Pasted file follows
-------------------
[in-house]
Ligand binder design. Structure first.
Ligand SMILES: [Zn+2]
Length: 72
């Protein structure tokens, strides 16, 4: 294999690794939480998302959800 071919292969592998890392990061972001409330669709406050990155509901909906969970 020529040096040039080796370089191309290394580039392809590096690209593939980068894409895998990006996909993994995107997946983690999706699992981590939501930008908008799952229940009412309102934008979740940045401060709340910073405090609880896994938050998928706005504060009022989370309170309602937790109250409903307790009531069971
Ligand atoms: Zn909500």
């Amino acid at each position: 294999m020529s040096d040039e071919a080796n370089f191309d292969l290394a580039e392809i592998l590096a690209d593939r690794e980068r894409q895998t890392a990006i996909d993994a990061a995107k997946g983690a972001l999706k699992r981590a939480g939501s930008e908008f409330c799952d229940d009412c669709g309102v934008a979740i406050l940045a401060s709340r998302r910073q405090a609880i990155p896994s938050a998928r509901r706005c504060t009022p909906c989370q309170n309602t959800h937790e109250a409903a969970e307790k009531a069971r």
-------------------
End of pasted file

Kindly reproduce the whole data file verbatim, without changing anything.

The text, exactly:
[in-house]
Ligand binder design. Structure first.
Ligand SMILES: [Zn+2]
Length: 72
């Protein structure tokens, strides 16, 4: 294999690794939480998302959800 071919292969592998890392990061972001409330669709406050990155509901909906969970 020529040096040039080796370089191309290394580039392809590096690209593939980068894409895998990006996909993994995107997946983690999706699992981590939501930008908008799952229940009412309102934008979740940045401060709340910073405090609880896994938050998928706005504060009022989370309170309602937790109250409903307790009531069971
Ligand atoms: Zn909500």
């Amino acid at each position: 294999m020529s040096d040039e071919a080796n370089f191309d292969l290394a580039e392809i592998l590096a690209d593939r690794e980068r894409q895998t890392a990006i996909d993994a990061a995107k997946g983690a972001l999706k699992r981590a939480g939501s930008e908008f409330c799952d229940d009412c669709g309102v934008a979740i406050l940045a401060s709340r998302r910073q405090a609880i990155p896994s938050a998928r509901r706005c504060t009022p909906c989370q309170n309602t959800h937790e109250a409903a969970e307790k009531a069971r």